Stunned by the outbreak of the novel coronavirus, people confined themselves to their homes in the hope of survival. The entire country gradually went under lockdown keeping pace with the rest of the world. In the meantime, nature got a brief relief to heal its damaged organs.
Air pollution caused by rampant human interventions dropped by 50%. Air in Dhaka – one of the severely polluted cities in the world – got healthy certification even only for daytime in the national standard. Pink dolphins made a comeback to Cox's Bazar sea beach, aquatic and terrestrial animals started roaming in their respective habitats, the plants and herbs also breathed a sigh of relief.
It was as if nature had revived its lost glory after bringing its disobedient child back to home. Policymakers also realised afresh that eco-parks and gardens need rest every year.
But, nature had to return to its ordinary form with the withdrawal of the lockdown.
Opposite to the positive natural changes, incidents like medical waste mismanagement and a rise in polythene use worried environmentalists and public health experts.
Air quality improved 50%
Dr Ahmad Kamruzzaman Majumder, chairman of the environmental science department at Stamford University, observed air quality in Dhaka during the first two weeks of the shutdown put in force on 26 March last year.
At that time, the level of air pollution in Dhaka reduced by half compared to the corresponding period of the previous year. But, it was only during the daytime. The lowest levels of air pollution were measured at 10 am, 2-3 pm, and 5 pm – which was within the standards approved by the environment department.
However, the level of pollution at night just doubled. The highest amount of particulate matter (PM 2.5) was recorded between 2-4 pm.
Dr Ahmad Kamruzzaman said, "During the shutdown, cargo vehicles used to move at night. Therefore, the night air was contaminated with various gaseous elements and dust, and the pollution level was double than that in daytime. This means vehicles are a major contributor to air pollution.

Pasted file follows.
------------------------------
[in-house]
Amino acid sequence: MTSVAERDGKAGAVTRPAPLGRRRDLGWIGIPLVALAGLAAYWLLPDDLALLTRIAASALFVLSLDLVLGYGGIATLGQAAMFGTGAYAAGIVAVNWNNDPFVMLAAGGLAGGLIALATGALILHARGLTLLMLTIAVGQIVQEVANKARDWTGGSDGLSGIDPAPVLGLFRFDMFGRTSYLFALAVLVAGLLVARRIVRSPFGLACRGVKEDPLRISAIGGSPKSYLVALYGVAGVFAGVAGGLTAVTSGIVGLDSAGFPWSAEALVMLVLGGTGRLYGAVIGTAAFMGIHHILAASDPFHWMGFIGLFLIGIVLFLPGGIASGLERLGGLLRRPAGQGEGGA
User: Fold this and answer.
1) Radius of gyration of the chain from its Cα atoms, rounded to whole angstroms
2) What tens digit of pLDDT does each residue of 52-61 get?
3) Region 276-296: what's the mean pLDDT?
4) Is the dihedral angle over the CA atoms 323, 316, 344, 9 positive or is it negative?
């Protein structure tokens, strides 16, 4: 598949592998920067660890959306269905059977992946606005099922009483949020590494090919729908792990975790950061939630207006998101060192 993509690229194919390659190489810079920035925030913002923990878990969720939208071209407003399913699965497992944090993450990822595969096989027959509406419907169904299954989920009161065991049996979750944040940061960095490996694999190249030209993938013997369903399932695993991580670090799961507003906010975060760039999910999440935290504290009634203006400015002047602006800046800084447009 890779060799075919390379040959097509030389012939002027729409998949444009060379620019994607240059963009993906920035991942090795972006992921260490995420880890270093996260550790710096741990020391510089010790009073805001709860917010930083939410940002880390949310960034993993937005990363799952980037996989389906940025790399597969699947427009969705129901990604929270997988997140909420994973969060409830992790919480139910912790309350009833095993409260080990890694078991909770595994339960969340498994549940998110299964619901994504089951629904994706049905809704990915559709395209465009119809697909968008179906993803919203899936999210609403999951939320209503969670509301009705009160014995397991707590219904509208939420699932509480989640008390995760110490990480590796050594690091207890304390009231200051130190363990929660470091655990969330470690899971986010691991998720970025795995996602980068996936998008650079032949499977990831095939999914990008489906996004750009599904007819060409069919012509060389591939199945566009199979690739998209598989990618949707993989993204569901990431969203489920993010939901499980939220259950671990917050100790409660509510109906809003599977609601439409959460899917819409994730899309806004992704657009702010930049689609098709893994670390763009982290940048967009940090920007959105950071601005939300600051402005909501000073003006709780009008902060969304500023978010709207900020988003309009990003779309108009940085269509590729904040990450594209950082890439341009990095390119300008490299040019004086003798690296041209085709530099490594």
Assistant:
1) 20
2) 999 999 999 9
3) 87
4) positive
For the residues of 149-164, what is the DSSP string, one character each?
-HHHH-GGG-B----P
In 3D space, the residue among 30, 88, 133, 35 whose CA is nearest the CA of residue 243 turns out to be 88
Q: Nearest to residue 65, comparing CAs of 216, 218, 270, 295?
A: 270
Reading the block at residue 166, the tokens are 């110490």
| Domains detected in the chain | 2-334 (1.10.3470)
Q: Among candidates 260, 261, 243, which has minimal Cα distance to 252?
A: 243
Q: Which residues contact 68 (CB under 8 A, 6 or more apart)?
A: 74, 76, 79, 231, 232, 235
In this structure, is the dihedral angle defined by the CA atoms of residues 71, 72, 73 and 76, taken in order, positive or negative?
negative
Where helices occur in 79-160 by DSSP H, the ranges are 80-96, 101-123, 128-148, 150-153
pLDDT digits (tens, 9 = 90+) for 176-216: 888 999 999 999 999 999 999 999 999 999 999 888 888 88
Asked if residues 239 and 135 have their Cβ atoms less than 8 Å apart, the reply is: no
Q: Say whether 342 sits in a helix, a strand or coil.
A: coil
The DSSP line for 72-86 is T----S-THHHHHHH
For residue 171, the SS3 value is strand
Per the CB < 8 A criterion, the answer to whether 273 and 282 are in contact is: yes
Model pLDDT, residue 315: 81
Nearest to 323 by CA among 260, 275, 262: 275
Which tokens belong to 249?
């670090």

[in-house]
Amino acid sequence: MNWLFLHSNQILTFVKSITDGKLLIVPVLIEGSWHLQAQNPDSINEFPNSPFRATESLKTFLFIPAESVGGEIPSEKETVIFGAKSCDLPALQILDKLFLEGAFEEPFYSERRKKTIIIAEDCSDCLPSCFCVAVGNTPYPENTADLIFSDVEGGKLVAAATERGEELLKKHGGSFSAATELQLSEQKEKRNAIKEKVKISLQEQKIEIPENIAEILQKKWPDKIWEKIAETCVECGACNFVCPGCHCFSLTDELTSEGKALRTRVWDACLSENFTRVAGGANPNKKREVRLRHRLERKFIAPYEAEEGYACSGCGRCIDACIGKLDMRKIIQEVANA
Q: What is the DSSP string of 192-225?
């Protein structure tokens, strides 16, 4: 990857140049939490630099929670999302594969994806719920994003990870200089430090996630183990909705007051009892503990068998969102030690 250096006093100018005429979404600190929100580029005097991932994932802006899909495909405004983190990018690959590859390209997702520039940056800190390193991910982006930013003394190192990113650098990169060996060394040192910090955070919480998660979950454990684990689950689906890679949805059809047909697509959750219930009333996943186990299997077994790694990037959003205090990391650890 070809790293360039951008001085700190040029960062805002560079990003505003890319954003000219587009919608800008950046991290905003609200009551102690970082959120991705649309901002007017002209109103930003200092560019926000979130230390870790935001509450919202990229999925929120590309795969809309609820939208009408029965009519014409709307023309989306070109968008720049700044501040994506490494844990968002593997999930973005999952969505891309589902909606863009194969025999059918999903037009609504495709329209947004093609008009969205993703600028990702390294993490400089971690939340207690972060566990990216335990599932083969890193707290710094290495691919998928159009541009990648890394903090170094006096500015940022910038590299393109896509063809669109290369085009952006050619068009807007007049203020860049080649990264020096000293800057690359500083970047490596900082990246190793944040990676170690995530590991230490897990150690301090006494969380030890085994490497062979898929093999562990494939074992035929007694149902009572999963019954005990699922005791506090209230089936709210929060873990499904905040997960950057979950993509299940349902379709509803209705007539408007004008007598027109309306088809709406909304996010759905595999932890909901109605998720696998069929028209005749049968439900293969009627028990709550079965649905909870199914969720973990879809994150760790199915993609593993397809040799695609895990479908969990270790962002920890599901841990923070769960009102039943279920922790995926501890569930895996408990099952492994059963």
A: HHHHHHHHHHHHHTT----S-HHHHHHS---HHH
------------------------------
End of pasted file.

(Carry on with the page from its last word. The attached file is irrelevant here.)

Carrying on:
"In addition, a sluggish demand for construction materials reduced production at brick kilns, which was another key reason behind the improvement in air quality."
He said, "In the first five months of the since the beginning of the shutdown, air pollution in Dhaka was only about half that of other years. But, we have returned to our previous position since the opening of industries and the resumption of road traffic."
Dhaka's score in the US Air Quality Index was 158 on 6 March, which means unhealthy.
Lush green all around, birds came out chirping in lockdown silence
Although the lockdown fizzled out a long time ago, the entire country, including the national parks, is still greener than the previous years. Nature is still abuzz with various animals and birds, and different regions of the country show the improvements.
Since the Jahangirnagar University has been closed, more animals and reptiles such as monitor lizards roam around the campus and adjacent areas than ever before.
Eliza Binte Elahi is a traveller who has travelled to 264 cities of 49 countries. She has also travelled to all the districts of the country. Eliza recently visited Moulvibazar's Lawachara National Park and Habiganj's Satchari National Park.